Downtown New Bedford Parking Rates to Change
NEW BEDFORD — Parking at metered spots in downtown New Bedford will soon get a little more expensive, while rates at the city’s downtown parking garages are set to decrease.
City officials are hoping that the rate increases for on-street spots in the most popular downtown area coupled with lower prices at the Zeiterion and Elm Street garages could open up parking availability for visitors and customers stopping downtown.
That’s the main idea behind the change, according to New Bedford parking clerk Laurie Alfonso.
The switch comes from recommendations in a 2019 parking study that were approved by a Sept. 15 Traffic Commission vote.
“Today there is a lack of available parking in on-street spaces in the Downtown Core,” the study reads. “While spaces being busy reflects New Bedford’s vibrant and active downtown, it also sends a signal to customers that parking is hard to find.”
“In order to create availability where there is congestion it is necessary to raise prices at prime, busy on-street locations…[and] maintain relatively low prices at other locations further from restaurants and key destinations.”
How much will parking cost?
On-street parking meters in the city’s most popular “green meter” core zone from Sixth Street to Front Street between Elm and Union Streets are set to go up from 75 cents to $1.25 per hour.
Just outside that area, “blue” spots will increase from 75 cents to $1 per hour, while the “yellow” meter spots surrounding the downtown area will not change.
At the same time, rates at the city’s two downtown parking garages will decrease from $3 per hour to $2 per hour, with the maximum daily rate decreasing from $18 to $12.
According to the study, changing the rates to $2 per hour for on-street parking and $1.50 per hour for garage parking could increase city parking revenues roughly by an estimated 70%.
The changes ultimately approved by the city were less drastic.
When will it start?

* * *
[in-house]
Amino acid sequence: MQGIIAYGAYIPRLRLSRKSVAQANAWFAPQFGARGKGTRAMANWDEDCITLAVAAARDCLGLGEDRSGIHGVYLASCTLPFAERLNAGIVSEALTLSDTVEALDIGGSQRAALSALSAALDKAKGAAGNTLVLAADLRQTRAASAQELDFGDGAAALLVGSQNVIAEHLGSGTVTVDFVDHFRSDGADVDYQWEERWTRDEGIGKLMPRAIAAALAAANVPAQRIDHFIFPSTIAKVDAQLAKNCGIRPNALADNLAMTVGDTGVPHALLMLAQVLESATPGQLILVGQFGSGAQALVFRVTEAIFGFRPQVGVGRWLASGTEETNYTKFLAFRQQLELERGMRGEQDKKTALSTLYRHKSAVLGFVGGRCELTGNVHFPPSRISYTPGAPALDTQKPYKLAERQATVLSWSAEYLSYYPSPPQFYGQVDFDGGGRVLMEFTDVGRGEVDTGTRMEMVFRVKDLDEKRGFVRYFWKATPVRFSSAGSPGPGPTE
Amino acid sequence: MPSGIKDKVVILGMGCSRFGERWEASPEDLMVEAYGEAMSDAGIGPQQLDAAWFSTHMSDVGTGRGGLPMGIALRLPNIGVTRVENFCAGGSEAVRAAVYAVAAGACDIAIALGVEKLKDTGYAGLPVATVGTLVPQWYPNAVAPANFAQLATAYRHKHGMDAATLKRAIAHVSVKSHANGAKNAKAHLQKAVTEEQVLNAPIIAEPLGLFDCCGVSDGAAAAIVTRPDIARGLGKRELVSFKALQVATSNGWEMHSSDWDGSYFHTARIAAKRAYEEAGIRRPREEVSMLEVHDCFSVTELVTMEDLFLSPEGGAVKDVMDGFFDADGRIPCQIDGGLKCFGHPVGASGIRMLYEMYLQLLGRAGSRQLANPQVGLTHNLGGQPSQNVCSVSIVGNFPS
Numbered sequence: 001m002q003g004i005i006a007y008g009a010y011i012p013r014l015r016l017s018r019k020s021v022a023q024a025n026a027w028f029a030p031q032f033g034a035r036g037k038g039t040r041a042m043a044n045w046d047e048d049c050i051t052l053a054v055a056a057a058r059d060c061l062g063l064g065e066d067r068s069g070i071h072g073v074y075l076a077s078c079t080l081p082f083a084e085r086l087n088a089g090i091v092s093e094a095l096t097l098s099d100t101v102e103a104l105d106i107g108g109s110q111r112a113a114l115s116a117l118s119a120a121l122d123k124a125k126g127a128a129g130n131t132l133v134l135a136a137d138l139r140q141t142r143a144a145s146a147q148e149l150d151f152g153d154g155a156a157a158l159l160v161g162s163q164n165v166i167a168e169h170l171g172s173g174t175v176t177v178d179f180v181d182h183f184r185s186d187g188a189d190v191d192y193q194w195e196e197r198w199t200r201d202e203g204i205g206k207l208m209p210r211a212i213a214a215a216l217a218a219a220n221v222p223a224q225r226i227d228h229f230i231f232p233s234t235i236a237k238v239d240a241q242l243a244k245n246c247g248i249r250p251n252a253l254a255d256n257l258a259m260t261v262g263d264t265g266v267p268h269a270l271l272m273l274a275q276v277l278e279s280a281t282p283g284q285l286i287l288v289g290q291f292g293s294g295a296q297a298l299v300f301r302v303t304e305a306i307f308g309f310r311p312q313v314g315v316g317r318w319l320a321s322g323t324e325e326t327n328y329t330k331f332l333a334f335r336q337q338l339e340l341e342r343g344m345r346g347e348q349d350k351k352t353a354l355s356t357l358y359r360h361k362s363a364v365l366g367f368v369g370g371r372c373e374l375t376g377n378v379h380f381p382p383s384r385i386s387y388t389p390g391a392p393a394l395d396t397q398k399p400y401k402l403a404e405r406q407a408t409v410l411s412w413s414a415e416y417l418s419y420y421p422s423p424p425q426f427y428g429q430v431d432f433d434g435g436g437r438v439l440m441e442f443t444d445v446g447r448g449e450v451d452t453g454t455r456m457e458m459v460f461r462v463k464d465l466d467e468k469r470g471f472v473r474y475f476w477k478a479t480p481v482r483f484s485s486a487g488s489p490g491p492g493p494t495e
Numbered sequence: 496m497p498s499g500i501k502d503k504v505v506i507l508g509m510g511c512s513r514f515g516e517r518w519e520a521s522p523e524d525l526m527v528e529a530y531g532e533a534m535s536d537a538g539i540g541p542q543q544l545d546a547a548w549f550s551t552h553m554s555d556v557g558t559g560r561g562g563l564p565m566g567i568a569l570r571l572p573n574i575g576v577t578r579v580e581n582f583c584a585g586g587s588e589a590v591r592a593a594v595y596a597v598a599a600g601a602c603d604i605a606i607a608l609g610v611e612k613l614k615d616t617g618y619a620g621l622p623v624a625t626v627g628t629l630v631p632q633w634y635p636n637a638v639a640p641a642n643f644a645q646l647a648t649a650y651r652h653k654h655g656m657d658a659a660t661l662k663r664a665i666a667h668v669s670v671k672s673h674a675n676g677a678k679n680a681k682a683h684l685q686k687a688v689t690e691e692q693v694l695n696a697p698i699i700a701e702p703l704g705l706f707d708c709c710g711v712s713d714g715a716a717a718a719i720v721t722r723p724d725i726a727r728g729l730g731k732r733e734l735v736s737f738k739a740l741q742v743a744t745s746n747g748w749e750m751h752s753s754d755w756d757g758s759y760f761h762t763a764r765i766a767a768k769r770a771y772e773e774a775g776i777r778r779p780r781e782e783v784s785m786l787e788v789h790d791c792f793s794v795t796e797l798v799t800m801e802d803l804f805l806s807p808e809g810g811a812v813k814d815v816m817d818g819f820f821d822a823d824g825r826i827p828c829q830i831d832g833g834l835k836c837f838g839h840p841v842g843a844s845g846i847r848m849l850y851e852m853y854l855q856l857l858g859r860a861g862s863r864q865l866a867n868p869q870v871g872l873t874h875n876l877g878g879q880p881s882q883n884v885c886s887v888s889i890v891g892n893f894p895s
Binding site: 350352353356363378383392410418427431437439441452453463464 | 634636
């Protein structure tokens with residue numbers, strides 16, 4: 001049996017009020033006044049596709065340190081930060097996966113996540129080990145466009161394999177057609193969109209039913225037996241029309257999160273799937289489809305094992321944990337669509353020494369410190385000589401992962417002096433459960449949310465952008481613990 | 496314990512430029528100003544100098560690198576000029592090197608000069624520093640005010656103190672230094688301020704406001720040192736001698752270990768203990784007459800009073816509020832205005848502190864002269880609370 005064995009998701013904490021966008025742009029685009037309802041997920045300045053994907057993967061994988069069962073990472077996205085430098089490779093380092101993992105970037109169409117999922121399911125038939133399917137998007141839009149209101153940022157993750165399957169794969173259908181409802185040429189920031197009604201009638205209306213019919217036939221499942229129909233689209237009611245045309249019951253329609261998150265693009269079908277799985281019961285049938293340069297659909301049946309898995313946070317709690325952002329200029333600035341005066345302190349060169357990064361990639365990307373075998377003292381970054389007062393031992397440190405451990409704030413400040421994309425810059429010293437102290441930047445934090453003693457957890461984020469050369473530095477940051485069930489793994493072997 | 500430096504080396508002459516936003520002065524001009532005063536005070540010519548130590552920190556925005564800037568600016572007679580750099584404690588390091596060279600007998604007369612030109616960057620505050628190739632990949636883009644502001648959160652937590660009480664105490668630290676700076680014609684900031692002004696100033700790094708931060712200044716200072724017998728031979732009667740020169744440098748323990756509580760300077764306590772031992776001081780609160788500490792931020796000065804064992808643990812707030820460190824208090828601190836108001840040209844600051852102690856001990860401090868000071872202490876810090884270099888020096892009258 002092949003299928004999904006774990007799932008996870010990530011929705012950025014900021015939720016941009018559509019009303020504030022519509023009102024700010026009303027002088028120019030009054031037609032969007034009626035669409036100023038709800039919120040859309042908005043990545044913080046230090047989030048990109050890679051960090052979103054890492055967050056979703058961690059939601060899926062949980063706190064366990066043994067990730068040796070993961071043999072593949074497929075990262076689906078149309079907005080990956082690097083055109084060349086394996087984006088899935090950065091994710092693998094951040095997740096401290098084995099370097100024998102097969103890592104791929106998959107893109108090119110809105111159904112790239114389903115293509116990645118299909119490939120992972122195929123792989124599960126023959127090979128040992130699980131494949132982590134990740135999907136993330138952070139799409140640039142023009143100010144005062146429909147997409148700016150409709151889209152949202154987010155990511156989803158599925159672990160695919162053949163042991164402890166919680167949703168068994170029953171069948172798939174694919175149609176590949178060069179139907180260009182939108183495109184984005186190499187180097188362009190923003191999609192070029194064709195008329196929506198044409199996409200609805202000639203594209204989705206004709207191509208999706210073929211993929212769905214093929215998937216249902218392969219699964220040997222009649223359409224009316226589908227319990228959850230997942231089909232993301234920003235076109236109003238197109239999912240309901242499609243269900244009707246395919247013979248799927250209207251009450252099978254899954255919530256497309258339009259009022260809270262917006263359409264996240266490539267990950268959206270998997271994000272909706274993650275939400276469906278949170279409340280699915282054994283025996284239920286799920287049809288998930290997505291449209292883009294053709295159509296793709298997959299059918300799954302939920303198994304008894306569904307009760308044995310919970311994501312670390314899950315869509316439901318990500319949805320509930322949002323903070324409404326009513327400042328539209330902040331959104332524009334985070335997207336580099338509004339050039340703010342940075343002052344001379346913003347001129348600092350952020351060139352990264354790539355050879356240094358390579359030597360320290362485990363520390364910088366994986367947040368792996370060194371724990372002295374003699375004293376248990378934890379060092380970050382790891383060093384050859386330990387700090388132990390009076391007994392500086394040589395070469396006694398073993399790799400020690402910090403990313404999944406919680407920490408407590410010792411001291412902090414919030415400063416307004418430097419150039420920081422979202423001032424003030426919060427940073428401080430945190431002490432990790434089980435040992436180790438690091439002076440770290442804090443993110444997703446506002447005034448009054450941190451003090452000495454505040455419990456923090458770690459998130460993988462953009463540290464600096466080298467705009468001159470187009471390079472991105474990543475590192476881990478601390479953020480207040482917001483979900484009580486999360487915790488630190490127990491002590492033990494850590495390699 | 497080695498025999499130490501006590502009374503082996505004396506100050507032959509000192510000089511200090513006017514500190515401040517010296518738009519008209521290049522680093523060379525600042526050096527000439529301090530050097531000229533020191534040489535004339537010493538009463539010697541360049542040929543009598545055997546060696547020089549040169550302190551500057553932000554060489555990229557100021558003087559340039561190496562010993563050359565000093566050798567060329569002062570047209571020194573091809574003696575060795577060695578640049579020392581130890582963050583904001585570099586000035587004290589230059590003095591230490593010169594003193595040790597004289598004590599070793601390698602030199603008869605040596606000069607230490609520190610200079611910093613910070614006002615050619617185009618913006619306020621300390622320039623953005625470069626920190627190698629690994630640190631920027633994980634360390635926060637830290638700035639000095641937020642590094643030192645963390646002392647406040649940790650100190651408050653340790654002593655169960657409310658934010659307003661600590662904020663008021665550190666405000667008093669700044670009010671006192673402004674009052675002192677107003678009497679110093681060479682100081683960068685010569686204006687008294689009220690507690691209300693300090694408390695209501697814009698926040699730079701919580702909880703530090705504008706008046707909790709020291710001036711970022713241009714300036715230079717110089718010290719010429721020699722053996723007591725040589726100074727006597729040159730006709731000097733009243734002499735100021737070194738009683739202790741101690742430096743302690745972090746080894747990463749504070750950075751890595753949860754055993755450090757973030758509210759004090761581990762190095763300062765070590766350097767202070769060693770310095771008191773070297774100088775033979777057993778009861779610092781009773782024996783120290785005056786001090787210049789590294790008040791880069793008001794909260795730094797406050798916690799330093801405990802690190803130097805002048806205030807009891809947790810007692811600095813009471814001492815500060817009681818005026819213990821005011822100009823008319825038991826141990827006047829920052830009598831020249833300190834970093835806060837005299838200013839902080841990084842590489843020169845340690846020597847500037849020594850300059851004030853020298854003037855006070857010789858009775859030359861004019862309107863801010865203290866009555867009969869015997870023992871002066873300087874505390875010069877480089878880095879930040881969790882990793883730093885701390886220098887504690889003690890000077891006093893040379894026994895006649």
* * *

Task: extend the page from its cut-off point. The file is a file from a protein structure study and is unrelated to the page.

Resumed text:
Although labels on the parking meters have already been switched to reflect the new rates, they have not yet gone into effect.
Alfonso said the price changes will likely take effect in the next couple of weeks, and definitely by the end of the month.
She noted that the study was done in collaboration with business owners and other community stakeholders downtown.
But at least one stakeholder said he was not made aware of the proposal.
“I just wonder if the city consulted with the Chamber of Commerce, the EDC or the City Council before making the decision,” said local business owner Christopher O’Neil.
“I think an argument for the increase should have been made publicly with a transparent display of the total costs to maintain the traffic department before a 40% increase in the parking rate was approved.”
“I didn’t see anything as a downtown business owner,” he added.
What do people think?
Many community members have expressed outrage online at the idea of increasing on-street parking prices.
“I think it is again an example of how small businesses are not supported,” said Union Street business owner Cheri Petitpas, who noted that between coronavirus and downtown construction, a lot of local companies have already suffered financial losses.
“Add in raising the meters and you are basically saying ‘We honestly don't care if you stay in business,’” she said. “I had clients sending screenshots of the new rates this week.”
As for the idea that downtown residents and workers will use the garages instead, O’Neil said people near his Union Street building won’t use them due to distance.
And Petitpas noted that crime is rampant in those areas at night.
“It’s not safe and I don’t feel comfortable,” she said.